Price far from right for gas drillers

The price of natural gas will have to rise about half again its current level before major producers in the Piceance Basin fire up their rigs again, industry officials and observers say.

It’s unlikely, though, that there will be much impetus behind the market going that high in the immediate future.

What price will spark new drilling programs?

“That’s the million-dollar question,” said R.T. Dukes, lead analyst of Rocky Mountain upstream research for Houston-based Wood McKenzie Research and Consulting.

Natural gas prices are set per million BTU, or British Thermal Units, and last week’s prices were about $3.25 per million BTUs.

“It’s got to go to $4.50 before you’ll see a major increase in drilling activity,”  said Porter Bennett, president and CEO of Bentek Energy in Littleton.

Less optimistic was Don McClure, vice president of EnCana, one of the two most significant players in the Piceance Basin of northwest Colorado.

“You probably need $5 or $6” to spark the Piceance out of its doldrums, McClure said.

A price approaching $4 could get the attention of larger operators, and if the price approaches $5, that could start attracting smaller operators back to the market, Dukes said.

The Piceance Basin now is being worked by about 25 drill rigs, down from more than 100 late last year.

One factor that tends to encourage companies to continue drilling is that those that have remained busy are beginning to reap the rewards of having their most efficient rigs and most capable crews doing more work in less time,” Dukes said.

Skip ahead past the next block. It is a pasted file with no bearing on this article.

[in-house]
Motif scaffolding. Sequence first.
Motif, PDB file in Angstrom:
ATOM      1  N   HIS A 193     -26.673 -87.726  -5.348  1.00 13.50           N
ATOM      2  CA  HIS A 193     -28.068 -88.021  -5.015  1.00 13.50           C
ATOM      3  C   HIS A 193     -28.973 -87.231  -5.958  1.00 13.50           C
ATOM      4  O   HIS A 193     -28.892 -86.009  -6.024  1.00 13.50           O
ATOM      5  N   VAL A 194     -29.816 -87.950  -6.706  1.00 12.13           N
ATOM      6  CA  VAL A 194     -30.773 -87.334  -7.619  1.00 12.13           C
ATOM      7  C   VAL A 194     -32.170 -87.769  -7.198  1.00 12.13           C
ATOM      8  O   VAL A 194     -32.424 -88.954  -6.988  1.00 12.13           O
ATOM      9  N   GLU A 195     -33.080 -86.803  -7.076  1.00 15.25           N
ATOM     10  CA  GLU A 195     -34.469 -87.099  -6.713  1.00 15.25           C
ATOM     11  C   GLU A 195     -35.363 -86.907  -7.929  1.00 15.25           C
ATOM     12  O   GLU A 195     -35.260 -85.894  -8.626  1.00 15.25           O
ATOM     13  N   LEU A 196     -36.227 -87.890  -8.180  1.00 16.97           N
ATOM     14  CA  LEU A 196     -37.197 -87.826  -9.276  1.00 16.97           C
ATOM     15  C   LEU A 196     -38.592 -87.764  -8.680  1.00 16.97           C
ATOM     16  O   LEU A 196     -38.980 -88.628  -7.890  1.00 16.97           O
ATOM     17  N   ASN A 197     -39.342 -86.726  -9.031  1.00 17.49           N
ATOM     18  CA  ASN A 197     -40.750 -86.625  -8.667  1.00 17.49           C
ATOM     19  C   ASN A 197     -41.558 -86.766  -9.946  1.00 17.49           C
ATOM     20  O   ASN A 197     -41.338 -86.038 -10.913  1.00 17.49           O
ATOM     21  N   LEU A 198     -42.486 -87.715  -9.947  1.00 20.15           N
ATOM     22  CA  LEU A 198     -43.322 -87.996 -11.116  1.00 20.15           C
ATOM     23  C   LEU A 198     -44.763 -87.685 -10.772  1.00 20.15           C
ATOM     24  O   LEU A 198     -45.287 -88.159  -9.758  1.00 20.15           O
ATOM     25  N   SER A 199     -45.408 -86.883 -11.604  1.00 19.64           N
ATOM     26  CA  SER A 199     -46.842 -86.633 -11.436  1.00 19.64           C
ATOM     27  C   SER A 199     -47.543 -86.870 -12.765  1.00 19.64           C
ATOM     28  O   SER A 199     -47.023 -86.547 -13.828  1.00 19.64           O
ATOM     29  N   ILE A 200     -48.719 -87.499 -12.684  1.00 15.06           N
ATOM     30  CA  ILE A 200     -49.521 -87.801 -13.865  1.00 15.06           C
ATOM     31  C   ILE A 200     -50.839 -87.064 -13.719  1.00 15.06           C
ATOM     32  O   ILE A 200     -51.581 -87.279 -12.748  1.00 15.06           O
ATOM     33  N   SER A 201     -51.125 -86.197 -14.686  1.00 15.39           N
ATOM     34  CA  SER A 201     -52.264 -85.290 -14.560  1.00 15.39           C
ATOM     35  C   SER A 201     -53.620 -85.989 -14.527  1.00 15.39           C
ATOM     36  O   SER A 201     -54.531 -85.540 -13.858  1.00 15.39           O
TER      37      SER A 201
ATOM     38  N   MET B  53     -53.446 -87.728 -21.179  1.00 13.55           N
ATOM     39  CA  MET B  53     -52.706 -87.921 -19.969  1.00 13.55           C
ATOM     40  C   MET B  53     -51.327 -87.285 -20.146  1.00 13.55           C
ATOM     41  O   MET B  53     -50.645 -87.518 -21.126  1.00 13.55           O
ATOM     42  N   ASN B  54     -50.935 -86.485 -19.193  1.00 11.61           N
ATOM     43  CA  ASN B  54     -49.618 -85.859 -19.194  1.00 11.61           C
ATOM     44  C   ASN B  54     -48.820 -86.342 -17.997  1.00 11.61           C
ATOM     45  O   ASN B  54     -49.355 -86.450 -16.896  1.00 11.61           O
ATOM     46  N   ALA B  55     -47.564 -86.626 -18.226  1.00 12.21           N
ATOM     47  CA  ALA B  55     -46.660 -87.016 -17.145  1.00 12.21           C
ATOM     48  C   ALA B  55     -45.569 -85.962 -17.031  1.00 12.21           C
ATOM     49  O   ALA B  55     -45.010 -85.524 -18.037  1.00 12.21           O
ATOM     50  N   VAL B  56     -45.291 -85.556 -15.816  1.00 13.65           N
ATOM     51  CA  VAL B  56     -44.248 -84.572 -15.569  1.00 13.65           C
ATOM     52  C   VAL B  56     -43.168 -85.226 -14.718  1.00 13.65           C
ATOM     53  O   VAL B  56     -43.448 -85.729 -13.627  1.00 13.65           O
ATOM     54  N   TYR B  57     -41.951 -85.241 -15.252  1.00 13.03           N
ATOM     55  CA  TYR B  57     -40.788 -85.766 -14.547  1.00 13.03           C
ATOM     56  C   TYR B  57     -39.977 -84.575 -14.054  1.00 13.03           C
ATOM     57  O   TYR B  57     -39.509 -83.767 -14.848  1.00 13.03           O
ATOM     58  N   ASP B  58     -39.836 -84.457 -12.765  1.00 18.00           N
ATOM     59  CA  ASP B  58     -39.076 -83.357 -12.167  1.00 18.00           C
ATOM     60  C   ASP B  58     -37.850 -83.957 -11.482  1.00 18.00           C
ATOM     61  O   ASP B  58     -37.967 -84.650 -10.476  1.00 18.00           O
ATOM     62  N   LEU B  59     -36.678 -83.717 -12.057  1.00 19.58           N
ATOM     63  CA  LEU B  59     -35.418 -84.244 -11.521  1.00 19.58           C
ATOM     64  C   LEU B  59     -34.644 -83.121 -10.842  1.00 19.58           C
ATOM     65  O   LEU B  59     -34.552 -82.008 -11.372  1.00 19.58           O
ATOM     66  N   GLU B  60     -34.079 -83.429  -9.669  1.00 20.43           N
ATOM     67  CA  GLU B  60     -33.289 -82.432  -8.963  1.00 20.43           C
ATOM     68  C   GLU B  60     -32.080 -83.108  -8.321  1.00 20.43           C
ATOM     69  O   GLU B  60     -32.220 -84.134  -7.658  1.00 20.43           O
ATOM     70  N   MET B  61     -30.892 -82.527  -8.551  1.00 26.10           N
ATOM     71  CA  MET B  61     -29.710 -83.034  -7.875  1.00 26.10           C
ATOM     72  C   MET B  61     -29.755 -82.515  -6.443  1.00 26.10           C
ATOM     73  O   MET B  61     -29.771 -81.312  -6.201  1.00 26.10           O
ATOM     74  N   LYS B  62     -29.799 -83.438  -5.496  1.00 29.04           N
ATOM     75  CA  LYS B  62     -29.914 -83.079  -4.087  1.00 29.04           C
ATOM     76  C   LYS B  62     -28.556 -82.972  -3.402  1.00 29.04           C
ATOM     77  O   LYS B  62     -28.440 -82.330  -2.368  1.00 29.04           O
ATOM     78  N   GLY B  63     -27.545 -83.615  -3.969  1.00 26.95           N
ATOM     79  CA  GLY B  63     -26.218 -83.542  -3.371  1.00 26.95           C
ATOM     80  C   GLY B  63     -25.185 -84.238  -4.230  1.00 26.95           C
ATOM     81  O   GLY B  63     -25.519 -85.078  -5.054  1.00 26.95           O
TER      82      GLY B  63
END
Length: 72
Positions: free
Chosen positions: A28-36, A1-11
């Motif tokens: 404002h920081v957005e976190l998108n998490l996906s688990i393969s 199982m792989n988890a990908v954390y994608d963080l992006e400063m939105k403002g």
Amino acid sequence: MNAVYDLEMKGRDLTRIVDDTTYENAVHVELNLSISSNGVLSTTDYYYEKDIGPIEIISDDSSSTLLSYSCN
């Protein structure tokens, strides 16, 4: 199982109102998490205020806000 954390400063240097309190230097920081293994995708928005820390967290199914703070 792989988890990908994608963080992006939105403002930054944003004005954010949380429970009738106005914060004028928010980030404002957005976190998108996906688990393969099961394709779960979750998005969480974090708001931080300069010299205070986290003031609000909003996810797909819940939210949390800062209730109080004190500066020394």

“It’s just experience, more than anything,” Dukes said of improvements in efficiency.

Those crews can move a rig from spud to spud in 10 days instead of 20, for instance, he said. A well is spudded when drilling begins.

“They’re drilling faster and completing cheaper” than before, he said.

There are bigger factors than efficiency, though, that help to hold down the price of Piceance Basin gas.

To begin with, Bennett noted, the price is likely to dip as pipeline companies complete scheduled maintenance, which has restricted transmission capacity and forced prices up temporarily. Once maintenance is complete, the lines will fill again and prices will fall slightly.

A more significant factor is competition, and fields such as the Haynesville shale of east Texas and Louisiana are producing more gas with less expense, Bennett said.

The break-even price for the Haynesville shale is about $2.94 per million BTUs, whereas it’s about $4 for the Piceance, Bennet said.

Other regions also are beginning to produce, as well, adding to the glut of gas now holding down prices.

The United States now has a bulging inventory of about 2.6 billion cubic feet of gas per day and is showing few signs of burning through it, Bennett said.

A slowly rebounding economy is a hopeful sign, McClure said, but there is no sign of immediate improvement for drilling in Colorado. That means it’s still difficult to gauge the effects of new drilling rules in the state, Dukes said.

Many firms still have permits issued under the old rules and can proceed under those rules, he said.

“We’ve not seen the effect yet because there is such a time lag,” he said.
Drilling companies, though, can’t discount the rules in Colorado or elsewhere, Bennett said.

If the region is to see a new burst of activity, Bennett said, “Regulatory and tax policies in the Rocky Mountain states must recognize the competitive disadvantage inherent in the Rockies’ position.”


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